Substantial growth in natural gas demand amidst low prices and gushing supplies eventually will be realized, but on a phased five-year basis (2015-20) that will keep price increases modest, according to a report released Tuesday by Barclays Research. In the meantime, demand growth will be confined to the power generation and industrial sectors.
Barclays examined North American gas and power trends, examining demand potential in several categories: liquefied natural gas (LNG) exports, replacement of coal-fired generation plants, natural gas use as a transportation fuel, new industrial facilities, and the use of gas in Canadian oil sands production.
Between 2015 and 2020 Barclays expects demand growth of about 11.3 Bcf/d cumulatively, which would equate to annual demand growth of about 2.26 Bcf/d. That level of growth is slightly less than the average supply growth rate of 2.51 Bcf/d over the past five years. "Barring a case where this demand surge catches the market in a period of weak supply growth, this chunk of demand should not result in a price shock," Barclays said.
In envisioning the "real demand response" to continuing low prices, Barclays sees the expansion of industrial growth and LNG exports as fueling a lot of the growth. Natural gas vehicles (NGV) and retirement of more coal-fired generation also will be sources of growth, according to Barclays.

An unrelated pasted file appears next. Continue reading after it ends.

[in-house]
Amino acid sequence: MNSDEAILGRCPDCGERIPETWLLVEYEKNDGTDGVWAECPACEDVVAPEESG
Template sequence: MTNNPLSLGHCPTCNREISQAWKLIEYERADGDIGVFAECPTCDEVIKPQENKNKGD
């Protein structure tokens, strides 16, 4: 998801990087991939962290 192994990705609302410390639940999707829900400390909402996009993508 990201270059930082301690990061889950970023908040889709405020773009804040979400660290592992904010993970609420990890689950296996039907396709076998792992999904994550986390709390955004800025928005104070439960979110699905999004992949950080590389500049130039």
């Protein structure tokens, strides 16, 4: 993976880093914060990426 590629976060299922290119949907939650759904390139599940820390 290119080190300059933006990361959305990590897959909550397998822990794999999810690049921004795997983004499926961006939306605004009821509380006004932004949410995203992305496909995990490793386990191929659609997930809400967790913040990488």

As supply growth has continued to outpace increases in demand for gas, the electric generation sector is the only exception and there gas is simply taking market share away from coal. "Fully 10% of gas use in the United States in 2012 is displacing coal -- [and that is] demand that can swing back to coal if gas prices rise," Barclays said.
Industrial growth using gas as a feedstock in the petrochemicals and fertilizer sectors, along with increased use of gas in producing Canadian oil sands, will be factors, but the growth of gas use in the next few years will be "dwarfed" by increased gas supply, Barclays said.
By 2020, more robust demand is likely from LNG exports, said Barclays, which estimated that up to 4 Bcf/d of exports could eventually be realized. The estimates compare to more than 20 Bcf/d of export licenses currently being sought in the United States and Canada.
The demand growth projections for the other sectors add up to more than 7 Bcf/d -- coal plant replacement (1.54 Bcf/d); NGVs (2.1 Bcf/d); expanded industrial facilities (2.2 Bcf/d); and oil sands production (1.2 Bcf/d), Barclays estimates.
"The critical question is whether this demand will tighten gas markets, leading to higher prices," Barclays said. "When stacked one atop the other, the net demand growth is impressive, yet we do not think this demand spurt necessarily will lead to higher prices."
Aside from a scenario of the demand surge coming when supply growth unexpectedly faltered, the amount of demand projected can be met by expected supply growth, Barclays said. An exception to this could be if "demand growth coincided with producer consolidation or tight capital markets," the report said.
©Copyright 2012 Intelligence Press Inc. All rights reserved. The preceding news report may not be republished or redistributed, in whole or in part, in any form, without prior written consent of Intelligence Press, Inc.